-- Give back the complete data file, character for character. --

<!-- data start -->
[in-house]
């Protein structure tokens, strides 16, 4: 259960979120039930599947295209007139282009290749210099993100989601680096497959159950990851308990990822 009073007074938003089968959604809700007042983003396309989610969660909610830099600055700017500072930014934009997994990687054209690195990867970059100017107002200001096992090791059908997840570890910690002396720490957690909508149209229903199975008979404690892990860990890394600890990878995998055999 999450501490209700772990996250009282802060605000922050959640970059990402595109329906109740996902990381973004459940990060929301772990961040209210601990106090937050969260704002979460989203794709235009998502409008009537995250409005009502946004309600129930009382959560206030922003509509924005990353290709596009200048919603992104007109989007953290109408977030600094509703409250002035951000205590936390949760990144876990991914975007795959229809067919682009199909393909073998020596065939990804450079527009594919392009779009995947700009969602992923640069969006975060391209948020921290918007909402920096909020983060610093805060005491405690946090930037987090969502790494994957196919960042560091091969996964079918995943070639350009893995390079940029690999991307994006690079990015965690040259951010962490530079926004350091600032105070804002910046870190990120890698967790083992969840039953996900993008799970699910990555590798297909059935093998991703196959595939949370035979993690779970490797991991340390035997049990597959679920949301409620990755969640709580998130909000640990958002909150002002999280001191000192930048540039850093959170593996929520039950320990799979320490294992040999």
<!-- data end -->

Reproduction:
[in-house]
């Protein structure tokens, strides 16, 4: 259960979120039930599947295209007139282009290749210099993100989601680096497959159950990851308990990822 009073007074938003089968959604809700007042983003396309989610969660909610830099600055700017500072930014934009997994990687054209690195990867970059100017107002200001096992090791059908997840570890910690002396720490957690909508149209229903199975008979404690892990860990890394600890990878995998055999 999450501490209700772990996250009282802060605000922050959640970059990402595109329906109740996902990381973004459940990060929301772990961040209210601990106090937050969260704002979460989203794709235009998502409008009537995250409005009502946004309600129930009382959560206030922003509509924005990353290709596009200048919603992104007109989007953290109408977030600094509703409250002035951000205590936390949760990144876990991914975007795959229809067919682009199909393909073998020596065939990804450079527009594919392009779009995947700009969602992923640069969006975060391209948020921290918007909402920096909020983060610093805060005491405690946090930037987090969502790494994957196919960042560091091969996964079918995943070639350009893995390079940029690999991307994006690079990015965690040259951010962490530079926004350091600032105070804002910046870190990120890698967790083992969840039953996900993008799970699910990555590798297909059935093998991703196959595939949370035979993690779970490797991991340390035997049990597959679920949301409620990755969640709580998130909000640990958002909150002002999280001191000192930048540039850093959170593996929520039950320990799979320490294992040999």